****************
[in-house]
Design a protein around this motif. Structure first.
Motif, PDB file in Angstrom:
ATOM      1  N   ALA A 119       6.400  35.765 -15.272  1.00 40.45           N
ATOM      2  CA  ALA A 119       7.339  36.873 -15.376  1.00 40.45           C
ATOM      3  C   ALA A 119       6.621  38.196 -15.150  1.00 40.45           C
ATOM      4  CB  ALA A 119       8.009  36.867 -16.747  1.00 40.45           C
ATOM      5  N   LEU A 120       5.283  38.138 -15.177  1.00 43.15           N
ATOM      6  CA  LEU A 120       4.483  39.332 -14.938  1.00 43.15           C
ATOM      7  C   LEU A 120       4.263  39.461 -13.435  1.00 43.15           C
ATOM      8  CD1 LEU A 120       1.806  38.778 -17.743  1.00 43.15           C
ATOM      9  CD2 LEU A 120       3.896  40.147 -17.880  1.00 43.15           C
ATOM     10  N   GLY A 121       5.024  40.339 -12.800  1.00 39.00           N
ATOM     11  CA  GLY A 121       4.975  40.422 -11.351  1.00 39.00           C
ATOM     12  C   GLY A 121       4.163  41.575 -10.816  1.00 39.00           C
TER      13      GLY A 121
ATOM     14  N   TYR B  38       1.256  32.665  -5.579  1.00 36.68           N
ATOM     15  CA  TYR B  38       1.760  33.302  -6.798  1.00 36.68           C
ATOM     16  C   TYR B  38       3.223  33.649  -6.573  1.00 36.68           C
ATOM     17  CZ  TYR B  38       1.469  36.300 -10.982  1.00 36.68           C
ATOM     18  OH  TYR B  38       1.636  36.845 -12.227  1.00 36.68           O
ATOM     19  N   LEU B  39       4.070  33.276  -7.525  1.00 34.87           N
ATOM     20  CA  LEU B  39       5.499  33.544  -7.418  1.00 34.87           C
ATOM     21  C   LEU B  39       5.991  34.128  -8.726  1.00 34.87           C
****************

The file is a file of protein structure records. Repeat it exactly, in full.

[in-house]
Design a protein around this motif. Structure first.
Motif, PDB file in Angstrom:
ATOM      1  N   ALA A 119       6.400  35.765 -15.272  1.00 40.45           N
ATOM      2  CA  ALA A 119       7.339  36.873 -15.376  1.00 40.45           C
ATOM      3  C   ALA A 119       6.621  38.196 -15.150  1.00 40.45           C
ATOM      4  CB  ALA A 119       8.009  36.867 -16.747  1.00 40.45           C
ATOM      5  N   LEU A 120       5.283  38.138 -15.177  1.00 43.15           N
ATOM      6  CA  LEU A 120       4.483  39.332 -14.938  1.00 43.15           C
ATOM      7  C   LEU A 120       4.263  39.461 -13.435  1.00 43.15           C
ATOM      8  CD1 LEU A 120       1.806  38.778 -17.743  1.00 43.15           C
ATOM      9  CD2 LEU A 120       3.896  40.147 -17.880  1.00 43.15           C
ATOM     10  N   GLY A 121       5.024  40.339 -12.800  1.00 39.00           N
ATOM     11  CA  GLY A 121       4.975  40.422 -11.351  1.00 39.00           C
ATOM     12  C   GLY A 121       4.163  41.575 -10.816  1.00 39.00           C
TER      13      GLY A 121
ATOM     14  N   TYR B  38       1.256  32.665  -5.579  1.00 36.68           N
ATOM     15  CA  TYR B  38       1.760  33.302  -6.798  1.00 36.68           C
ATOM     16  C   TYR B  38       3.223  33.649  -6.573  1.00 36.68           C
ATOM     17  CZ  TYR B  38       1.469  36.300 -10.982  1.00 36.68           C
ATOM     18  OH  TYR B  38       1.636  36.845 -12.227  1.00 36.68           O
ATOM     19  N   LEU B  39       4.070  33.276  -7.525  1.00 34.87           N
ATOM     20  CA  LEU B  39       5.499  33.544  -7.418  1.00 34.87           C
ATOM     21  C   LEU B  39       5.991  34.128  -8.726  1.00 34.87           C